This can be due to a number of problems.
- Of coarse, make sure you have a working internet connection. Can you reach the Marine Science web page?
- Make sure your outgoing server configuration is correct. You must be setup for secure mail (SSL) and authenticating using your seas username and password.
Click Here to go to the e-mail configuration page for detailed information.
- If you are running Norton Antivirus Home edition - this blocks encrypted mail from being sent out and will block your mail to our server. You will need to disable scanning of outgoing mail in order to be able to send mail. If your computer is a USF computer, then please install McAfee instead. USF has a site license for McAfee.
- Sometimes the Windows operating system reports the mail program names using their short name, then McAfee 7 & 8 spam blockers will block the outgoing mail since it doesn't recognize the program.
You can figure out if this is happening by rightclicking on the McAfee Shield on the right side of your taskbar and select " VirusScan Console..." (or Clicking on the Start button, All Programs, Network Associates, and finally " VirusScan Console"). When the console window pops up, right click on Access Protection and select " View Log". At the bottom of the log file, look for lines which say "Prevent mass mailing worms from sending mail" with the name of the mail program you're using. Most popular programs are unblocked from sending mail, but if, for instance, the OS is reporting thunderbird.exe as "thunde~1.exe" then it would be blocked.
To add your mail program to the exclusion list (make sure you've got the correct program name, so you're not unblocking a spamming worm) rightclick on "Access Protection" and select " Properties". In the window which pops up, click once on the line titled "Prevent mass mailing worms from sending mail" and then click the [EDIT] button. At the bottom of the edit window which appears, you'll see "Excluded Processes". Add the mail program names to the end of this list, each entry separated by a comma, and click OK and then click OK again to close these two windows.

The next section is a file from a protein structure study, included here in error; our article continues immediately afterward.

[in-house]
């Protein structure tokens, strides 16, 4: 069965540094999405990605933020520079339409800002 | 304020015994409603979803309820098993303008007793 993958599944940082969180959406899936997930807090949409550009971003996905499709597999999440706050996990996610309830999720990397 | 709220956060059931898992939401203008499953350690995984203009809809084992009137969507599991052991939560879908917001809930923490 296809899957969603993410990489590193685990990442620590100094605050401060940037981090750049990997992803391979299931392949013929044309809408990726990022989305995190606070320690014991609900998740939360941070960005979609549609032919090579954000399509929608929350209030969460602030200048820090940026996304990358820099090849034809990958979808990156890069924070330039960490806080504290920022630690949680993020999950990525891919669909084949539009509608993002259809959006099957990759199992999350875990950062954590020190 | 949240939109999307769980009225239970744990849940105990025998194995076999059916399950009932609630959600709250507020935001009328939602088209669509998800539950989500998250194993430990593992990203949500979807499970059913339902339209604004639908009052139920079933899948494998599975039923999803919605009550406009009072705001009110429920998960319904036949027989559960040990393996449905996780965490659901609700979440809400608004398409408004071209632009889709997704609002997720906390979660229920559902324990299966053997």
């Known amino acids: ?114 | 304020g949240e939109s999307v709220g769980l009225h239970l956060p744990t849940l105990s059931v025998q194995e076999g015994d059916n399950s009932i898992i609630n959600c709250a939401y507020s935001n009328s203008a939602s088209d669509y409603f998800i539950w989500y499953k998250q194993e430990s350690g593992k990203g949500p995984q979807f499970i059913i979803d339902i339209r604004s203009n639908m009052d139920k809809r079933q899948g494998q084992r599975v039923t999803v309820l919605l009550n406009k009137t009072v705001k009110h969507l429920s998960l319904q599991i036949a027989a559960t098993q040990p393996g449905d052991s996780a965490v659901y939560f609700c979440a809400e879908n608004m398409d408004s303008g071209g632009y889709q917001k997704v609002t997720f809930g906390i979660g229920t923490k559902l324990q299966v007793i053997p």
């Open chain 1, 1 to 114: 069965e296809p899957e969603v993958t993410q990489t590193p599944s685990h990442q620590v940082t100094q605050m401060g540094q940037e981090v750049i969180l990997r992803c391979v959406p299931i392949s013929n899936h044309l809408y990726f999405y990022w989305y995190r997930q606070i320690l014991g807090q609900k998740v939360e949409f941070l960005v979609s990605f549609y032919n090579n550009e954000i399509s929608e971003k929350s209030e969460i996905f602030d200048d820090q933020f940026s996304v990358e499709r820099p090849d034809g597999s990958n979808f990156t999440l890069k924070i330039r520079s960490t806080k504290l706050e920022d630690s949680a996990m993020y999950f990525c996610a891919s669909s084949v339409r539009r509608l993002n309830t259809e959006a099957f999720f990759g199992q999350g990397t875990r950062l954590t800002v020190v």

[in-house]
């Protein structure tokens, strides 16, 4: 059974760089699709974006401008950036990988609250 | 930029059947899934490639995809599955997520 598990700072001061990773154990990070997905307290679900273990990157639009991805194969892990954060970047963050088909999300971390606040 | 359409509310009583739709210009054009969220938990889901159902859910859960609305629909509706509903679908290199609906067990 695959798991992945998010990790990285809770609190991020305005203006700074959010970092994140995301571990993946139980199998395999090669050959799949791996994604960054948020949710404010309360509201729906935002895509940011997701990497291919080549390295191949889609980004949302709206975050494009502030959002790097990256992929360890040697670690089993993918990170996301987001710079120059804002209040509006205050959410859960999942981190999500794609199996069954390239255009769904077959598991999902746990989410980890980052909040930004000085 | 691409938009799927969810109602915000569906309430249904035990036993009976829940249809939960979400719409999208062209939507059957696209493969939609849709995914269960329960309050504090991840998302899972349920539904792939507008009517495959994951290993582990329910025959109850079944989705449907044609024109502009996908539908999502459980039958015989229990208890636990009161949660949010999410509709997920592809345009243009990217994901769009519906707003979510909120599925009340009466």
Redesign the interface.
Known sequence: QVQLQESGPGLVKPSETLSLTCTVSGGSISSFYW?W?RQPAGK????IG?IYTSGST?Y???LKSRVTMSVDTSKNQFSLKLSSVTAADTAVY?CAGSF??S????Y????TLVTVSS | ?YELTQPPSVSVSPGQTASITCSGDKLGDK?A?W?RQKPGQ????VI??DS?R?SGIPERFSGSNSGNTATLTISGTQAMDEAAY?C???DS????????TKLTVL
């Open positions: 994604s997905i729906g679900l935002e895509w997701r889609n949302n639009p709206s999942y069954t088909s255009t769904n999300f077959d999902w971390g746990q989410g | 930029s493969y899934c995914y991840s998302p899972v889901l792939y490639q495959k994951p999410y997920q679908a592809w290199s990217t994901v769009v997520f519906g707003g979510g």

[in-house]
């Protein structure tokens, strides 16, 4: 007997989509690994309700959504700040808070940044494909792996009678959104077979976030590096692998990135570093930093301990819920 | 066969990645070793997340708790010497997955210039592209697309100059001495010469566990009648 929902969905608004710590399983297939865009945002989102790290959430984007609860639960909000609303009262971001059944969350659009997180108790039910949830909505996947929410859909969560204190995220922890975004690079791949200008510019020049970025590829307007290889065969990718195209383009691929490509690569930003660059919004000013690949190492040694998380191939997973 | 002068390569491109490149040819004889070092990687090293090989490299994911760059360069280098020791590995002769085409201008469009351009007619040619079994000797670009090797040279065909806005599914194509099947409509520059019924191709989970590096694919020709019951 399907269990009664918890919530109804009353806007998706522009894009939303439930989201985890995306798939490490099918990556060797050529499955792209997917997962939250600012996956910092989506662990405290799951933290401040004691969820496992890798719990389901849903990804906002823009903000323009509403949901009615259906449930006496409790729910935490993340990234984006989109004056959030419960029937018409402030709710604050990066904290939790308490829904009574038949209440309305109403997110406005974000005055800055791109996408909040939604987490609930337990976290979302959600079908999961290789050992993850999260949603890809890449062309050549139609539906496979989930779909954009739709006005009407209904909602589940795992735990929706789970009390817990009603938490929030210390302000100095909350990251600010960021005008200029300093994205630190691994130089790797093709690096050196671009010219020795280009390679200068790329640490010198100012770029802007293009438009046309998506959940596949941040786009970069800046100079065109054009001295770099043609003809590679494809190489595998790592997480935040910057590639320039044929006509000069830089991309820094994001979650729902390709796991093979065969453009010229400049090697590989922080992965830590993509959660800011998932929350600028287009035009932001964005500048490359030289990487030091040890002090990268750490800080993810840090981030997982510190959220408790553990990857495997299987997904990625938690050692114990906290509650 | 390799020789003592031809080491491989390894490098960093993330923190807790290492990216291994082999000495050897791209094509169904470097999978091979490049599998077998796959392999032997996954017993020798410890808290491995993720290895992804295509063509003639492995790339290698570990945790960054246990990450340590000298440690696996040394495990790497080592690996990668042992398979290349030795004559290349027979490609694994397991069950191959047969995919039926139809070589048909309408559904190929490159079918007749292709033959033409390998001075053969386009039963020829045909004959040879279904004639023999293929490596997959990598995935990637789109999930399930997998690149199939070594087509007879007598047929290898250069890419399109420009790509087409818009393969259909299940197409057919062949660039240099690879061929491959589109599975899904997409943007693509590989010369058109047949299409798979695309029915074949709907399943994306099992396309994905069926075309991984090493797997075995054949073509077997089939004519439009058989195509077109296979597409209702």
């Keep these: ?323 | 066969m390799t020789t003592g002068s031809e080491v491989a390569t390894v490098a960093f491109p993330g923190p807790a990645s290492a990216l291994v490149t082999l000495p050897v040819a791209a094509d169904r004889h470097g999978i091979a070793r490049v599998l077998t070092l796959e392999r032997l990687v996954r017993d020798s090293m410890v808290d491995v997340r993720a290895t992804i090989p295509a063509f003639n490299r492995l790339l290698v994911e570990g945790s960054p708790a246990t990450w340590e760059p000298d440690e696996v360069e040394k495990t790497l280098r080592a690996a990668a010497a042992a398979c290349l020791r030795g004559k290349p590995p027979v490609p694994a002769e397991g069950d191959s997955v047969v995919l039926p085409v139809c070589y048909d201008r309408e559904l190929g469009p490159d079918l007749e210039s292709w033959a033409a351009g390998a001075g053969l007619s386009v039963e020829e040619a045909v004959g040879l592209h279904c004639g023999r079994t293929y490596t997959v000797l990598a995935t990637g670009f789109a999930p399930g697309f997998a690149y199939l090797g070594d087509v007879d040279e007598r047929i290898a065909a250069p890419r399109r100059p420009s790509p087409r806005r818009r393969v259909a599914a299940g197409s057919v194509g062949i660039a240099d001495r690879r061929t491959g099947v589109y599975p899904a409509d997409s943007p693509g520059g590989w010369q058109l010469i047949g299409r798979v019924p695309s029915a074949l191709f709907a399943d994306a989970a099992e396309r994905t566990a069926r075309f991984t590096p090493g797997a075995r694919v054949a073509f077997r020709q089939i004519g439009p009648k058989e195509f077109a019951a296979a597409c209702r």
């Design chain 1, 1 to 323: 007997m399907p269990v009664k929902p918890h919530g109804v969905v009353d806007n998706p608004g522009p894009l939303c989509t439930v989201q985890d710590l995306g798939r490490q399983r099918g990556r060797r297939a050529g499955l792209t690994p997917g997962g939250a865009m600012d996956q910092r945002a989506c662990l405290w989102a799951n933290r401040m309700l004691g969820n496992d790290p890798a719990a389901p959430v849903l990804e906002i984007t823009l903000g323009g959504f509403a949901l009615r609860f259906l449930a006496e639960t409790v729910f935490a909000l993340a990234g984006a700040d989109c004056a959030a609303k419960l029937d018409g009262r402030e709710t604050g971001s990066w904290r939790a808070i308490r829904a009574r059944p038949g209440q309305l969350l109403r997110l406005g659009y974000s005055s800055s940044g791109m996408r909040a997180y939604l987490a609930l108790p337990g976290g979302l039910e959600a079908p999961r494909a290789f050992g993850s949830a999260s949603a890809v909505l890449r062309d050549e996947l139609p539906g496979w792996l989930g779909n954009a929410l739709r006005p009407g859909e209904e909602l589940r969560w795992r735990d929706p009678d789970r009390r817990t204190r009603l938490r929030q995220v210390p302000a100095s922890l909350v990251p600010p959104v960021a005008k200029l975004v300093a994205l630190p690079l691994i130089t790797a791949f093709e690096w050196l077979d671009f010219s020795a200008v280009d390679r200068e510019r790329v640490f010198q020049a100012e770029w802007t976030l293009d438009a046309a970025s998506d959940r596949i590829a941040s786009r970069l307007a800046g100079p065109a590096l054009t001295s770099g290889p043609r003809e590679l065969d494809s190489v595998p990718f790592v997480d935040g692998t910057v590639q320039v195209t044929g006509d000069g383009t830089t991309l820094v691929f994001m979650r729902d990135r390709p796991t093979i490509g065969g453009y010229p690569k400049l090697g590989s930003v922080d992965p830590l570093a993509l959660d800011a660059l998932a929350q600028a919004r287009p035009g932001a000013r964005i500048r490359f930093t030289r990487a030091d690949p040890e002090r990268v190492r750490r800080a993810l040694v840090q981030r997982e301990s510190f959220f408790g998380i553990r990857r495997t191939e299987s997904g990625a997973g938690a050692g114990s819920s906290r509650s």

Do not disable the Prevent mass mailing rule since this rules prevents spamming worms from using your computer to spam the world.
- If you are traveling, it is possible that the IP address you are using was previously assigned to a computer which was spamming the network. This can cause your e-mail sent through our server to bounce or get quarantined as spam cause it's listed as a spamming computer in blacklists. To check a typical list - get your IP address (with step 5) then go to the CBL Lookup Page and see if your IP is listed there. If you are sure your computer isn't the problem (you better have up to date virus software running!!!), you can de-list the IP.
- If DNS isn't setup properly for the IP address assigned to your computer, our mail server will block your mail. This is a standard practice to prevent a spammer from impersonating a computer on our domain.
You can check your DNS entries by clicking on the Start button on your task bar, then clicking on Run. Type in "cmd" (for windows XP & 2000) in the blank to bring up a DOS window. In the window type "ipconfig" and press the enter key. This will tell you your IP address. Then type "nslookup" in the DOS window, press enter, type in your IP address after the "> " prompt and press enter. You should see your hostname and IP address returned. If you get a error, then you may have a problem. Contact support @ marine.usf.edu to check if there is a problem.
We might not always be able to help you if there is a DNS problem.
- If you are on our Marine Science network, we can help you through the problem. Often if you have a non-compliant name assigned to your computer, you can change the name to a proper name, reboot and the DNS problem will be solved. Support has to take care of static naming issues.
- If you are on a non-Marine Science network (like at home) then another ISP takes care of your DNS naming tables and you will have to contact them about fixing the problem.